Dune: The Graphic Novel, Book I | Book Review

Frank Herbert’s epic Science Fiction novel, Dune, comes to life in a new way with the first of three Graphic Novel adaptations. It’s a new take on the classic story, but is it worth picking up?

My love of Dune has been well documented over the years, and this year has given fans like me some goodies to consume. While the film has been, regrettably, pushed back into 2021, we still have things to enjoy. From the all new novel, Duke of Caladan, and the graphic novel adaptation from Abrams Books.

This is the first of three volumes that will retell the original book, breaking up the story in much the same way the novel does. While this means we have to wait for the complete story, it’s still a fun way to enjoy the adventure for both newcomers and long time fans alike.

I won’t recap whether or not the story elements work. I mean, it’s an older story that’s been around for decades now (with previous movie adaptations). This first volume chronicles Paul’s arrival on the titular planet and the treachery that leads him and his mother out to the harsh desert.

Even though I recently re-read the entire Dune saga, it was great to dive back into the story. Transferring it into comic form made it feel fresh, allowing me to soak up the details of the Sci-Fi setting while enjoying the character actions once again.

The art is impressive, Raúl Allén and Patricia Martin manage to incorporate a realistic style while still feeling decidedly out of this world. This allows you to connect with the characters (themselves fun interpretations that aren’t based on any previous media), even as the crazier aspects of the story come into focus.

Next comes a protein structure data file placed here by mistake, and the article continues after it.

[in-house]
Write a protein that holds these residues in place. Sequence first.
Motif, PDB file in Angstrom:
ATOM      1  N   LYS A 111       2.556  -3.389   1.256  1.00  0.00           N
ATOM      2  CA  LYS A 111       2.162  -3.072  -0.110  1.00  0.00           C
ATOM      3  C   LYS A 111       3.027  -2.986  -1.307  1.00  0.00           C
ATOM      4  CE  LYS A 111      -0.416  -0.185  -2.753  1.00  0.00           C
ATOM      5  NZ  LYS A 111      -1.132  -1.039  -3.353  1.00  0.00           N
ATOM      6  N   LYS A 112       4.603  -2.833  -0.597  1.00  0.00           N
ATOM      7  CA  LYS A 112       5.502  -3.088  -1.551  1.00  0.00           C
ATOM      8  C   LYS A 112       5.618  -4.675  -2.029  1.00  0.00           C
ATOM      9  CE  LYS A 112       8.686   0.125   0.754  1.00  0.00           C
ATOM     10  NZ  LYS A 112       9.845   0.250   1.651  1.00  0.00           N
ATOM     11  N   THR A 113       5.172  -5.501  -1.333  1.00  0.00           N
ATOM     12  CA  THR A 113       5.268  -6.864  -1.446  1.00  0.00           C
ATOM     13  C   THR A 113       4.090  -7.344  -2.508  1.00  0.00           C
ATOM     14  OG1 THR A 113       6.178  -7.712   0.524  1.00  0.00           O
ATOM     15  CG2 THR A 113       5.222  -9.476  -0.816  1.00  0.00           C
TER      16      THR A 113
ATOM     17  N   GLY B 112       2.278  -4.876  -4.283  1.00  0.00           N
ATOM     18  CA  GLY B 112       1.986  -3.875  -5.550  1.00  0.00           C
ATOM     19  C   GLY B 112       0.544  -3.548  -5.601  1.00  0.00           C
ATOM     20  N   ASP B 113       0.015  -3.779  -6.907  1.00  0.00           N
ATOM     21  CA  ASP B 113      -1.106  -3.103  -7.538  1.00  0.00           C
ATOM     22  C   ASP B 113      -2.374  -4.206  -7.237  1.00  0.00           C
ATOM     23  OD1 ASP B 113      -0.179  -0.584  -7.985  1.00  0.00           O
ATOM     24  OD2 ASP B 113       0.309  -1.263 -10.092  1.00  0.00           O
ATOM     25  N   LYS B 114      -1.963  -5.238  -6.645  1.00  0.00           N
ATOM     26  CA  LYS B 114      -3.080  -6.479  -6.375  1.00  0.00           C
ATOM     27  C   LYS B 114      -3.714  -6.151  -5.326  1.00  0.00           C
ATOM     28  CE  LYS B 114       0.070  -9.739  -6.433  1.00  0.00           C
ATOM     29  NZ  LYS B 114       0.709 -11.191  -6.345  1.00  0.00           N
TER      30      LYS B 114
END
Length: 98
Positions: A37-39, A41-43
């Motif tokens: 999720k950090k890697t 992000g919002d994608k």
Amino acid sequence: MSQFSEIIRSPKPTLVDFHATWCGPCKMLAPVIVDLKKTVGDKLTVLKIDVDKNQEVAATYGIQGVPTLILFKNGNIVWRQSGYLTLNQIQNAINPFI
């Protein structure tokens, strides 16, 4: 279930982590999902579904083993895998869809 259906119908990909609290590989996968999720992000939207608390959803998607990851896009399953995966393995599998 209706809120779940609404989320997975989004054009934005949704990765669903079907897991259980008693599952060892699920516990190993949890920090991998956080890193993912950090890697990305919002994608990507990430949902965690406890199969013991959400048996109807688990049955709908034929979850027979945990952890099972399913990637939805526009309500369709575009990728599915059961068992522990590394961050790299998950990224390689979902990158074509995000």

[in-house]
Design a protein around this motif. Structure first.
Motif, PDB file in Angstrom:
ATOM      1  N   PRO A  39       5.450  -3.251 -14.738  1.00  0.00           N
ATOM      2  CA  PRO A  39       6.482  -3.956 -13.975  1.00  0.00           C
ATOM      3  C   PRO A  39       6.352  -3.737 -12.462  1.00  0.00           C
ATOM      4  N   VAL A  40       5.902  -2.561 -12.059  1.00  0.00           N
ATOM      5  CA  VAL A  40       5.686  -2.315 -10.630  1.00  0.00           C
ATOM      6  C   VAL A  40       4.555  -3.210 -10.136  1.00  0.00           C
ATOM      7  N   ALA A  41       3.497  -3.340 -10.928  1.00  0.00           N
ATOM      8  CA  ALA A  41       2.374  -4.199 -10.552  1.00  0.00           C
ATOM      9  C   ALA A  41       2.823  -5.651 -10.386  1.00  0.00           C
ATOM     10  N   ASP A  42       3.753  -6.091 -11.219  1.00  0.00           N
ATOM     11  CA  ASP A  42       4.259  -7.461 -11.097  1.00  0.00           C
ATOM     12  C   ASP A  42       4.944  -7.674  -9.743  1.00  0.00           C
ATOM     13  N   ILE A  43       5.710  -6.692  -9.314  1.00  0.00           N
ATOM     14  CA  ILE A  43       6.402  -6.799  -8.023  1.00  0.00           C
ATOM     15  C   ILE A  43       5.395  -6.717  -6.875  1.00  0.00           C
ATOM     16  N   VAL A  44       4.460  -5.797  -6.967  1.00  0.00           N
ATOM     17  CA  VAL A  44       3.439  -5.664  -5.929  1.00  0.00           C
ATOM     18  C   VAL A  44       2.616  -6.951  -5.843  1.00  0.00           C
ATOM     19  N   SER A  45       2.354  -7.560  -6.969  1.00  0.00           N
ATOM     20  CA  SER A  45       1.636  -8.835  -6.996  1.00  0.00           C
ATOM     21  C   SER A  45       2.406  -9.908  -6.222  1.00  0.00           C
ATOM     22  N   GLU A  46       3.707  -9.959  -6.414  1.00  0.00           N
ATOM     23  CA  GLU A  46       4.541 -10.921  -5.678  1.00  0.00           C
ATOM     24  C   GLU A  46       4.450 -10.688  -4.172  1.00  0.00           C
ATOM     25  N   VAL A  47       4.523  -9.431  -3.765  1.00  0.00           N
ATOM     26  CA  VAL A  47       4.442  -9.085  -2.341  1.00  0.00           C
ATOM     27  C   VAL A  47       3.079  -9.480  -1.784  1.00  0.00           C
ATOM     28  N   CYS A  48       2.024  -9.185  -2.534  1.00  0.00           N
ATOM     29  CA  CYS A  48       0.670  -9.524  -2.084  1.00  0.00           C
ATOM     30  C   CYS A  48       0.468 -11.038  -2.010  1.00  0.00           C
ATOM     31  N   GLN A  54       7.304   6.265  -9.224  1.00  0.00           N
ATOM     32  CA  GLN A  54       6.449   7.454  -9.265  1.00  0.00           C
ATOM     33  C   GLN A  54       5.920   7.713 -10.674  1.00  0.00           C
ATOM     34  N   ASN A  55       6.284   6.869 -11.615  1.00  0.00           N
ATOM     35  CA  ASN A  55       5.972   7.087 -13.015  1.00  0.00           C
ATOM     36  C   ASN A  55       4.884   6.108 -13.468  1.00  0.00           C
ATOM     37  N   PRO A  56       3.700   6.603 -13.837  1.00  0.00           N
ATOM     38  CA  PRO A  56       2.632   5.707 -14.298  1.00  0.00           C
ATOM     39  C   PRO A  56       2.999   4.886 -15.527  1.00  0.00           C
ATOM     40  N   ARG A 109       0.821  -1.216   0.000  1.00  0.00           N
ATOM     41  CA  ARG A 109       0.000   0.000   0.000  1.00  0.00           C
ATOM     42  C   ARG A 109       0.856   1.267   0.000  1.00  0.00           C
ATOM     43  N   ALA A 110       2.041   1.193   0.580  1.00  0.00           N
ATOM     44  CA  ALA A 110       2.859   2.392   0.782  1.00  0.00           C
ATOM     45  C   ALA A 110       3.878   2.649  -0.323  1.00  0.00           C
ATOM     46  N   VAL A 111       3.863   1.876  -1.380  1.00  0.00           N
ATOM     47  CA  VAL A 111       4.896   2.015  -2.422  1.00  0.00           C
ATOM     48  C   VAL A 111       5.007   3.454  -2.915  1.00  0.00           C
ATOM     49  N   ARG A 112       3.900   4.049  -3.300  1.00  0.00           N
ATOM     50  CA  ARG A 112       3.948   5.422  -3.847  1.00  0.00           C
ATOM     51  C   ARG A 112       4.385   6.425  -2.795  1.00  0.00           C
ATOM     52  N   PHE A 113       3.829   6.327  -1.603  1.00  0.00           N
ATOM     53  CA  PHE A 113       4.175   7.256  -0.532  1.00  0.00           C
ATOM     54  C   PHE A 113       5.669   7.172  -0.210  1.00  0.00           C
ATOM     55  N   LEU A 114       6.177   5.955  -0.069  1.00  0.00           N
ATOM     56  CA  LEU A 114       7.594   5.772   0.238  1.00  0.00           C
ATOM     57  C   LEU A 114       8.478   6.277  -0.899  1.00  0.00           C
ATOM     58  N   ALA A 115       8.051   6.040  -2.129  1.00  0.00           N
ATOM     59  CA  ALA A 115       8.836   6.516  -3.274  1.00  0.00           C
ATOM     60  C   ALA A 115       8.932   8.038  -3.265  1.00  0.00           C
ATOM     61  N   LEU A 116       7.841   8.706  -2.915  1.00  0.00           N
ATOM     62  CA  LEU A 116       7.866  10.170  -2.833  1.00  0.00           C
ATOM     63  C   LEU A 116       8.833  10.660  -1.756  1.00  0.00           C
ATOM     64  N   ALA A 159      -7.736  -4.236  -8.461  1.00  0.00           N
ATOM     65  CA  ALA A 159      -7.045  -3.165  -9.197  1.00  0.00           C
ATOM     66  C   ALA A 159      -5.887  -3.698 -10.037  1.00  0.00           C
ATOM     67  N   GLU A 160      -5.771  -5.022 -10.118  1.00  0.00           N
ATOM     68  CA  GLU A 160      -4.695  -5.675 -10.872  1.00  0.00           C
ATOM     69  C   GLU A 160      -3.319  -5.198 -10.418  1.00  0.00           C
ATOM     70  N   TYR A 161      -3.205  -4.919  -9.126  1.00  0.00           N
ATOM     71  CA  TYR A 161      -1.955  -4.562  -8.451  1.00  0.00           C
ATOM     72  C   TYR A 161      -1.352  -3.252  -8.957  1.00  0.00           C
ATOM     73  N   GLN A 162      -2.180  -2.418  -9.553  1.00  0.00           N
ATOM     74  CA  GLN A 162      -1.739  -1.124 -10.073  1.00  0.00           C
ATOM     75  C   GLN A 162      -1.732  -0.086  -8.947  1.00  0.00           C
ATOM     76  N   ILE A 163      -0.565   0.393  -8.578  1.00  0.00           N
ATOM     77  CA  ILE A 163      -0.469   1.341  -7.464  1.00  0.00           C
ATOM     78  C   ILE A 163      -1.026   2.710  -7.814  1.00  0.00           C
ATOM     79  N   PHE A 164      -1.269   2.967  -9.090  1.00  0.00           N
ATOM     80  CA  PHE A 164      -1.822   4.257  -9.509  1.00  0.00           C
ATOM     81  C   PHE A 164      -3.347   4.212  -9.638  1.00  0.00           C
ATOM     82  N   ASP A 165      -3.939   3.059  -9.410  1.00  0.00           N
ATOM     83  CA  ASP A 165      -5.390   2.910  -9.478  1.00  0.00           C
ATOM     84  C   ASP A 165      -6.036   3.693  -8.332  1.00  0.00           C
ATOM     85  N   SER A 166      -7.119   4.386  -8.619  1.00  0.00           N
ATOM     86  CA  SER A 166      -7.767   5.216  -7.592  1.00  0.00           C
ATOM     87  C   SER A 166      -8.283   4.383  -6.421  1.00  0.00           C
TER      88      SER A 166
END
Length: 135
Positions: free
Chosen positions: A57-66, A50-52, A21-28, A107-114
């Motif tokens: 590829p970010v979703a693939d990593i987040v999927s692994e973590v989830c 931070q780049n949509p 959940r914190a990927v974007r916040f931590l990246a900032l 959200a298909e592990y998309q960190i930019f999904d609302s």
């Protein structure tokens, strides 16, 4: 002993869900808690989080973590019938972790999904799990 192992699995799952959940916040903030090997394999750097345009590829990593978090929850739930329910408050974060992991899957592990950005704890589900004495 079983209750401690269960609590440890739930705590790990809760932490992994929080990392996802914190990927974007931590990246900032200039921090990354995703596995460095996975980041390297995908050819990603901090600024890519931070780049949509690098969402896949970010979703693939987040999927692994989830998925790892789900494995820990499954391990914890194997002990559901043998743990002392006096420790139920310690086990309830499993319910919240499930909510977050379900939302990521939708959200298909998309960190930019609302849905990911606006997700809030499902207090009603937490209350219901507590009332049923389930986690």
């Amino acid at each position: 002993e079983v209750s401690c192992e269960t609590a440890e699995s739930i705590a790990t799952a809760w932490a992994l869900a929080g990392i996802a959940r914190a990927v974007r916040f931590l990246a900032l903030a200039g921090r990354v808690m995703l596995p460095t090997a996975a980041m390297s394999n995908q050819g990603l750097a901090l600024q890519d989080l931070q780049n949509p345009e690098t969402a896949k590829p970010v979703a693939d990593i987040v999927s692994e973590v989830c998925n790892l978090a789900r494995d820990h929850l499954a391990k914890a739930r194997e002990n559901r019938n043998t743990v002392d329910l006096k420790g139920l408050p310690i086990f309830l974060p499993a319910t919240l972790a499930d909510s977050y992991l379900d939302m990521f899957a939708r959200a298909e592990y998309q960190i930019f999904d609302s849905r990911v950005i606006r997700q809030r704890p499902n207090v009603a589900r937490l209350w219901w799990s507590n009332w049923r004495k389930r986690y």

Brian Herbert and Kevin J. Anderson, who’ve been the stewards of the franchise for a while now, penned this graphic novel, which serves as a VERY faithful scene-by-scene recreation of the novel. In fact, it’s adherence to the source material is a part of the problem.

Don’t get me wrong, there’s a lot to love about this adaptation, but in sticking to a straight up recreation of the source material, it struggles. Much as I LOVE Dune, there’s no denying that the book can be tough to get into. The novel plunges readers directly into the story and a new galaxy; throwing concepts, technology, and strange names at the readers from page one.

The result is an intro that feels particularly heavy-handed and sluggish. Once you get past all that, however, it’s easy to get sucked into the larger story and all the intrigue that goes into it. It’s an initial barrier that feels perfectly suited for touching up/smoothing out in an adaptation…But the graphic novel refuses to do so.

Instead, it retains the lengthy early dialog (even inner monologues of characters) without trying to make it easier to consume. I get they were trying to present as faithful a retelling of the story as possible, but this was just a bit too faithful. Thankfully, the comic format allows readers to get past that sluggish point much quicker and it won’t be long before you’re unable to stop turning the pages.

Aside from the early pacing issues, my biggest problem is the advertisement at the end of the book saying Volume 2 wouldn’t arrive until 2022! I loved it so much, and enjoyed seeing the story and characters presented in this new way. Feels like a real bummer to have to wait over a year to get the next one.

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Jordan Maison
Editor-in-Chief: Writer and cartoonist who went to college for post-production, he now applies his love of drawing, movie analysis, filmmaking, video games, and martial arts into writing.